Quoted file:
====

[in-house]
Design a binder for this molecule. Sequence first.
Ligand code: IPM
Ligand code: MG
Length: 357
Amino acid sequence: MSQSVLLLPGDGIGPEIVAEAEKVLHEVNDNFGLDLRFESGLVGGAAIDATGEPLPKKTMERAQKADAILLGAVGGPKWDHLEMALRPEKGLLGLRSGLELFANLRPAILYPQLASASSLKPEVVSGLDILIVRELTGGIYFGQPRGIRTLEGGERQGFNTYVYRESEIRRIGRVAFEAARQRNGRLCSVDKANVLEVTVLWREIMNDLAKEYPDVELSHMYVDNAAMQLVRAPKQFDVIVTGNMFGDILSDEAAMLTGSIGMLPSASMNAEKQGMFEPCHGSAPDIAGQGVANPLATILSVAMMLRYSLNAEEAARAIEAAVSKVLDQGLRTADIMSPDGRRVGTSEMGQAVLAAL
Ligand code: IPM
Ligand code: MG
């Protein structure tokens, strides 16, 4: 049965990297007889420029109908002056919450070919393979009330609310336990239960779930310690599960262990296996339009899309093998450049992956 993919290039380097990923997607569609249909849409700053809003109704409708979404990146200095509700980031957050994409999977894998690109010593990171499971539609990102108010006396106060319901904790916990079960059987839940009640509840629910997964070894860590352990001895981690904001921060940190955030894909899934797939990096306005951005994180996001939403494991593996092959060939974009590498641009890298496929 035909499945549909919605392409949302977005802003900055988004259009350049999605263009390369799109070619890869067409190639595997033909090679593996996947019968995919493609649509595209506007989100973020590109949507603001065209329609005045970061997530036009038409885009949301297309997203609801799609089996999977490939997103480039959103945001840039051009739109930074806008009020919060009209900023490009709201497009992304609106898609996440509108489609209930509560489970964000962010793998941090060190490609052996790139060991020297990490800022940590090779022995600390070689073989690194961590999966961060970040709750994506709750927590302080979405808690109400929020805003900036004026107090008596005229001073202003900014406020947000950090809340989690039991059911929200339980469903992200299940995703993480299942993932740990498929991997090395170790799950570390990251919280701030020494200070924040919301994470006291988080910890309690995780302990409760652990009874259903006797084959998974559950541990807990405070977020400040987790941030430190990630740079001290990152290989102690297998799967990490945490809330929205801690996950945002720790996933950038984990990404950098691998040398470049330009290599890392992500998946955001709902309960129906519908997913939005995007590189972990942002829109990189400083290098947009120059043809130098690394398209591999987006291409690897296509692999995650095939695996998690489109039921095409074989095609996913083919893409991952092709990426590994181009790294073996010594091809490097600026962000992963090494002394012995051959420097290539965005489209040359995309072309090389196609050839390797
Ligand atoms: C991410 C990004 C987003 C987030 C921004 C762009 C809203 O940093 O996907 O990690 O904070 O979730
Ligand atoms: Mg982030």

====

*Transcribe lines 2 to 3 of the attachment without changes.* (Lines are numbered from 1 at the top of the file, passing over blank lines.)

Design a binder for this molecule. Sequence first.
Ligand code: IPM